Tue, Aug 5, 2008
Looking for an easy day prior to a long outing the next day, I suggested we head to the Virginia Lakes area and climb some of the easy peaks on the south side of the high valley. Mike readily agreed. Like the previous day, we did not get an early start, reaching our makeshift TH only after 7:30a. There were no roads or trails to the summits we planned to visit, and finding a suitable place to park was not obvious. We settled on a shady spot on the south side of the main road, then headed down one of the side roads in search of a route across Virginia Creek. This was easily addressed with a fine bridge that carried the side road over the creek and on to a number of the private cabins and properties found in the area. We crossed an undeveloped private lot, worked our way through the forest understory and emerged on the south slopes heading up towards Mt. Olsen.
The climb up talus-strewn slopes to Mt. Olsen took little more than an hour from the car, much easier than the previous day's effort to Mt. Dubois. We were treated to swell views of Dunderberg Peak on the north side of the valley, as well as some of the other surrounding peaks further west. Once atop the summit ridge, we were treated to even more amazing views off to the south looking down to Lundy Lake and across its canyon to Gilcrest Peak and Mt. Scowden. Mono Lake could be seen in the distance to the southeast beyond Lundy Lake, and to the southwest could be seen the high peaks on the Yosemite border including Mt. Conness and North Peak.
We found a small film cannister tucked inside a twisted aluminum beer can under the summit cairn. Inside were a some thin sheets of paper with familiar names scrawled on them. Andy Smatko and party had placed the register in 1980, with others adding names every few years or so. That there were few entries probably did not mean the summit was rarely climbed - more likely it's just a matter of the register being easily overlooked. After a short stay we continued west along the ridge, easy class 1-2 hiking down to the saddle between Olsen and the higher, unofficially named South Peak further west. It took less than an hour to make it from one summit to the other, arriving atop South Peak at 10a. There was a PVC pole that evidently held a flag at one time, but it had been torn to shreds and relieved of duty long before we reached it. The only remnants of the flag were the rivets still attached to the pole. There was no register at the summit.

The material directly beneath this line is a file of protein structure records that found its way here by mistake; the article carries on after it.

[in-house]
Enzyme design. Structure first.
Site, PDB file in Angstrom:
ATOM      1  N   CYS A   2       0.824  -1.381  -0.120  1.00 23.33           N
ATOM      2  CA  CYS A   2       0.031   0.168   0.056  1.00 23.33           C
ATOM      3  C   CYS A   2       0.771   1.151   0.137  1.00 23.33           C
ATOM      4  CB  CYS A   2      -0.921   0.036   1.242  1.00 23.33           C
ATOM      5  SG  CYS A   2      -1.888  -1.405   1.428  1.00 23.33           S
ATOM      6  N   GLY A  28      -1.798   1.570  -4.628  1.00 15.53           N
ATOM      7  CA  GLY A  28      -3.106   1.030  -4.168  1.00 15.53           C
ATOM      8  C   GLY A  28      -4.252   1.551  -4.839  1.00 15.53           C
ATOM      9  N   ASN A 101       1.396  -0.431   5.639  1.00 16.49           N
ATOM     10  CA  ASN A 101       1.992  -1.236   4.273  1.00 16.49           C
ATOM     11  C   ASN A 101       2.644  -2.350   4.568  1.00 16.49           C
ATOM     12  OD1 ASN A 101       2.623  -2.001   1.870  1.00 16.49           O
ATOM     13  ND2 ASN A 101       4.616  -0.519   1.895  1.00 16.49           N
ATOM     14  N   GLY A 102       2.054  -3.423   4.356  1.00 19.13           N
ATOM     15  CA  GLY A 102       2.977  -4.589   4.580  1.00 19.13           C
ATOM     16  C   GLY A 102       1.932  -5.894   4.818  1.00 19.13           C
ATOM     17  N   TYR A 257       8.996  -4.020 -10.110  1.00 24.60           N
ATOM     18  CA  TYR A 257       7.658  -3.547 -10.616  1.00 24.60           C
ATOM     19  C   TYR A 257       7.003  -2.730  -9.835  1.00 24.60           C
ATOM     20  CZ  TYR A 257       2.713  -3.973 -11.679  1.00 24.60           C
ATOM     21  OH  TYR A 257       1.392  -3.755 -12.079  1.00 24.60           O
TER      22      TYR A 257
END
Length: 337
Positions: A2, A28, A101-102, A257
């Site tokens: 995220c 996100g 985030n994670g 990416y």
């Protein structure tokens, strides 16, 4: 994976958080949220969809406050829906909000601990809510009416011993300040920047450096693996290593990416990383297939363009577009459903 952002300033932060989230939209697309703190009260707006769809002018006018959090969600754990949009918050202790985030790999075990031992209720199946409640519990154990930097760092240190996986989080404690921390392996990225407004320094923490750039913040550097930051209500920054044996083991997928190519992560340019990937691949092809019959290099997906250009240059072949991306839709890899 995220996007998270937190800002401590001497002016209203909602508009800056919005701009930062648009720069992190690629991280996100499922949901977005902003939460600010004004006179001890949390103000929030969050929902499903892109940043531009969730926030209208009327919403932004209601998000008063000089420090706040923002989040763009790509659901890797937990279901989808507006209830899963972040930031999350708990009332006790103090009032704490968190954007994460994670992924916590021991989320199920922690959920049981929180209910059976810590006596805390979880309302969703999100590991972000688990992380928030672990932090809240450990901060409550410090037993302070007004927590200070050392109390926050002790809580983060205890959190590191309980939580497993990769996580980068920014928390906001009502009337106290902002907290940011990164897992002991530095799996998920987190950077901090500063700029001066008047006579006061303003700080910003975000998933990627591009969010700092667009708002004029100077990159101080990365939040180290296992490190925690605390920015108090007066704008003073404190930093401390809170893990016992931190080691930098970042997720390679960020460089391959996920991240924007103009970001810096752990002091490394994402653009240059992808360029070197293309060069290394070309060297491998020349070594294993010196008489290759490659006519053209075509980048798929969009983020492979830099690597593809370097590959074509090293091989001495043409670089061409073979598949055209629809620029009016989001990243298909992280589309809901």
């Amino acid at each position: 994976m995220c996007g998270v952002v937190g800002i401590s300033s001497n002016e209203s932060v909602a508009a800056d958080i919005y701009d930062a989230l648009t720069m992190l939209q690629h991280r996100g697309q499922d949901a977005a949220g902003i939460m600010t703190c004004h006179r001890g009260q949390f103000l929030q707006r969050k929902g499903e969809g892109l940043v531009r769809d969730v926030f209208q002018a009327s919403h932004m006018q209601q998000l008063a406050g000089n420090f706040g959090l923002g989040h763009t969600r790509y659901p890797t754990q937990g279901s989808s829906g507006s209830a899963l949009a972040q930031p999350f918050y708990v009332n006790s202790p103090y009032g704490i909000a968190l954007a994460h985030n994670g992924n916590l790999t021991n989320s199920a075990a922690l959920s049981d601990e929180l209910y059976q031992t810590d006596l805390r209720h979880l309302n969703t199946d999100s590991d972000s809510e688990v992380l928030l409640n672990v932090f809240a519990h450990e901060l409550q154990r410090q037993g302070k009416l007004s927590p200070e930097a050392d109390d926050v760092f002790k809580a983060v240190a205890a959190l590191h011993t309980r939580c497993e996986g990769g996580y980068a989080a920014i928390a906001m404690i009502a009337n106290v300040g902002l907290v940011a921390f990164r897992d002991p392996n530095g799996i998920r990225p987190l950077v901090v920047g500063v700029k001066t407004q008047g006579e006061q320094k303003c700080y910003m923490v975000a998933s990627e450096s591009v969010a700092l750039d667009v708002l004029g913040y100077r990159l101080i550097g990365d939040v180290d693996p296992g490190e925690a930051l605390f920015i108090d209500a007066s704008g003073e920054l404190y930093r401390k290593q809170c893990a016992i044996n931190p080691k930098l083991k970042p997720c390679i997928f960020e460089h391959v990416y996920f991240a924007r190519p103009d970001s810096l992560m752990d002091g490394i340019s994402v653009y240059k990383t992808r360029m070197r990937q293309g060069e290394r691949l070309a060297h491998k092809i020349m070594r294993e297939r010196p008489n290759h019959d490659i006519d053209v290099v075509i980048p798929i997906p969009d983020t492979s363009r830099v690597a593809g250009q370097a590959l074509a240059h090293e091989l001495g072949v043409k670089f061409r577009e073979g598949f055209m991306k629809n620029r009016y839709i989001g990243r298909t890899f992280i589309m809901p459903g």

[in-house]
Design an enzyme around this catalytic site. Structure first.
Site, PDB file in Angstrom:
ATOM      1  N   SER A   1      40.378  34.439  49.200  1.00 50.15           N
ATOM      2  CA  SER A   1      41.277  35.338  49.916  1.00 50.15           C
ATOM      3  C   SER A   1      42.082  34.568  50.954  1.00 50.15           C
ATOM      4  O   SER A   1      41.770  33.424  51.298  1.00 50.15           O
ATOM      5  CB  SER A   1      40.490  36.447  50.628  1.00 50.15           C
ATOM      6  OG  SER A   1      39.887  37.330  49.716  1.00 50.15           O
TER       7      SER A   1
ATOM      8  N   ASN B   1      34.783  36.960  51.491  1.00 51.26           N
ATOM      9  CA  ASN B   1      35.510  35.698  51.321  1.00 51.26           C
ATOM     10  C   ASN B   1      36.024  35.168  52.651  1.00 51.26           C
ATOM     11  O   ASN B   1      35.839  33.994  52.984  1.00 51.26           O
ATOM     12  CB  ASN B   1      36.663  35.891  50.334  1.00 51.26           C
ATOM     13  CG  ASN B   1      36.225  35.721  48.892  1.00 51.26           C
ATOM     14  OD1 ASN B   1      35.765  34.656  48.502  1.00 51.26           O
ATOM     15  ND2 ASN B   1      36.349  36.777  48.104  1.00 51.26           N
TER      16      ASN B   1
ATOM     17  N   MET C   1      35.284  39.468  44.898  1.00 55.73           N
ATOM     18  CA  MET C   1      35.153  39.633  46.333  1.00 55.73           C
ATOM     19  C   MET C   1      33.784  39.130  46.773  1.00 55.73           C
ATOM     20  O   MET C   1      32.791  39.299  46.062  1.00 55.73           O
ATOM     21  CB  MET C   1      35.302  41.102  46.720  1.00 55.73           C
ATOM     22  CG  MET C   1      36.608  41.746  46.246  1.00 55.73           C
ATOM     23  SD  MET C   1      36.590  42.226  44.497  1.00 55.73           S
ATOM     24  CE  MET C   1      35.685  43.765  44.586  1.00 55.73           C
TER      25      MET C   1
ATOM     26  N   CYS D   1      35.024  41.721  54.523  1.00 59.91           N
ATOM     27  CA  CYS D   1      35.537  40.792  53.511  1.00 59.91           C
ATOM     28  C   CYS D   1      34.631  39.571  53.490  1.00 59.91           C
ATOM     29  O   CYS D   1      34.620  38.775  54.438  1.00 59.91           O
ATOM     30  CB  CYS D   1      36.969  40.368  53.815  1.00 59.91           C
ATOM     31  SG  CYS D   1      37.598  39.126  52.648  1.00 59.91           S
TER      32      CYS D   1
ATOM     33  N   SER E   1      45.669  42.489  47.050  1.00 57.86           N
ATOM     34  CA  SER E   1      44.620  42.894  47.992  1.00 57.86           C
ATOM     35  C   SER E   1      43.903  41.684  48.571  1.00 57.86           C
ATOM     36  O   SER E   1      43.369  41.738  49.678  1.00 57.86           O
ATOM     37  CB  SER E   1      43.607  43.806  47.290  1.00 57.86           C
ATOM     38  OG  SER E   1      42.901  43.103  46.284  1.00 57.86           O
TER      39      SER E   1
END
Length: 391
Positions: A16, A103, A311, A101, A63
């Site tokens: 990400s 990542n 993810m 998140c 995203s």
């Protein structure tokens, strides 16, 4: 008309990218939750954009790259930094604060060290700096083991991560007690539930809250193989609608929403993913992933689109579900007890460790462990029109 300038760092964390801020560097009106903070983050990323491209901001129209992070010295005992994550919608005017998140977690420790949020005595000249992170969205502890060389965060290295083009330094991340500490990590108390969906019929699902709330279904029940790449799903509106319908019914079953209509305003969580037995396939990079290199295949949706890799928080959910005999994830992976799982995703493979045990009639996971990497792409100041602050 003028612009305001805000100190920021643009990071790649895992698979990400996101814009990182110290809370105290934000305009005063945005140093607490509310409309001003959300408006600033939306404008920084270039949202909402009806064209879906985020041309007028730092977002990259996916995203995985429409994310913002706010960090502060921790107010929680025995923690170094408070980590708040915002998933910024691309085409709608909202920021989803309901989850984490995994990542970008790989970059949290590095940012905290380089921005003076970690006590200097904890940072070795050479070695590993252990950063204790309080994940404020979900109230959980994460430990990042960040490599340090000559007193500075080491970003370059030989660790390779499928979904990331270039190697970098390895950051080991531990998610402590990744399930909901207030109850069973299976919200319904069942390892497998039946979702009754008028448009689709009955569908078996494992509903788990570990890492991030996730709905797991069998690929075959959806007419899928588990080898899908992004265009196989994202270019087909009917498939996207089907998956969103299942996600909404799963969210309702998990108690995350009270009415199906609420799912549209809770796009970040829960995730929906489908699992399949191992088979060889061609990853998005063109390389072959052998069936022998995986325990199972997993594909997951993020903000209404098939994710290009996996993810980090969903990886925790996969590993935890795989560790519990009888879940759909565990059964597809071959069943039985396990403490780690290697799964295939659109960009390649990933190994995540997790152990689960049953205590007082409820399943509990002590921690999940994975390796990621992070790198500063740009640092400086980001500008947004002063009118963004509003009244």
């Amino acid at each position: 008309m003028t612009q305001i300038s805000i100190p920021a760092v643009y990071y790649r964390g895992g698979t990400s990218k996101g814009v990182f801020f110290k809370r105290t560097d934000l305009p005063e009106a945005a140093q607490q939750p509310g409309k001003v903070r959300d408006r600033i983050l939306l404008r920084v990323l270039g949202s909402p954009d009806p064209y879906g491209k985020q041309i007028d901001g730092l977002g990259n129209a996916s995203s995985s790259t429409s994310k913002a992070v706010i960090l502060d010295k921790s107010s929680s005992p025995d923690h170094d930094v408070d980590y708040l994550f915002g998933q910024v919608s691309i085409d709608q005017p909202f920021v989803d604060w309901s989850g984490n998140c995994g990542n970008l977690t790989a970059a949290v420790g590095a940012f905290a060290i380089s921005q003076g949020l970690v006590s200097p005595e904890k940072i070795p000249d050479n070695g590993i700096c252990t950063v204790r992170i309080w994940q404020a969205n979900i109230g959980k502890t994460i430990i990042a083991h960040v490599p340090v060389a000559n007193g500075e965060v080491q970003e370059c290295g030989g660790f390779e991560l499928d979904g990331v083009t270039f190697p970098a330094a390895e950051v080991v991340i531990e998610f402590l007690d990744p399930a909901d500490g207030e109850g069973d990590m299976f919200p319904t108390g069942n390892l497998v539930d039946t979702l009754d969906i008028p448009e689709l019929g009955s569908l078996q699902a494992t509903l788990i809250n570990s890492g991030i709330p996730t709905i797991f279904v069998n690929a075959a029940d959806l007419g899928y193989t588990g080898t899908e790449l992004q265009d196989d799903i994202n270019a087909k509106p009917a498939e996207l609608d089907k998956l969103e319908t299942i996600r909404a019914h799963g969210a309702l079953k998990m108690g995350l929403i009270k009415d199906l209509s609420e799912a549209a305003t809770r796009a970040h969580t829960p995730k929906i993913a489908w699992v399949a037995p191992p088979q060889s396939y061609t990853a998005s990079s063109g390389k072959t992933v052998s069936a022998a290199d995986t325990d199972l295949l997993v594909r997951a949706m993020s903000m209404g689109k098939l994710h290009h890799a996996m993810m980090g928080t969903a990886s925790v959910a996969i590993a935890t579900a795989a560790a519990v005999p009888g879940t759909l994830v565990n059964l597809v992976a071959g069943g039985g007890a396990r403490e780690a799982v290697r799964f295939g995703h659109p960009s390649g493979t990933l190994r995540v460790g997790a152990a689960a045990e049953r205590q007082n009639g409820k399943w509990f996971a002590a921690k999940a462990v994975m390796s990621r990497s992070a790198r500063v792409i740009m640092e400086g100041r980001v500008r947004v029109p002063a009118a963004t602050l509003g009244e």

Continuing along the ridgeline further west, we took another hour to reach the top of Black Mtn. Here was a well-used register box chock full of papers, register books, and other tidbits. As the highest point along the ridge, Black Mtn sees a lot of visitors. Originally we had conceived of continuing on the ridgeline west of Black Mtn, to the pass over which the Virginia Lakes Trail passes a few miles to the northwest. But the ridgeline grows more jagged beyond this point and looked more arduous than fun, so we looked for a speedier alternative back down. We found just such a route down a broad chute on the north side of the peak. It took me less than 15 minutes to make the 1,400-foot descent, Mike taking about twice that long in a more careful fashion.
Regrouping at the base of the mountain on the north side, we moved further north to pick up the Virginia Lakes Trail in the vicinity of Frog Lakes. Once back on the trail, it was an easy matter to follow it down, past Cooney and Blue Lakes, past the trailhead, and down the road a ways to where we'd parked the car. The whole outing was almost exactly five hours, just what we needed for an easy, but enjoyable day. The weather, threatening much of the day, held off until we had returned to Lee Vining, after which it rained on and off through the afternoon. Hopefully it would clear up before I started on the next day's ambitious outing to Piute Mtn...
For more information see these SummitPost pages: Mt. Olsen - South Peak - Black Mountain
This page last updated: Sun Sep 28 00:01:18 2008
For corrections or comments, please send feedback to: email@example.com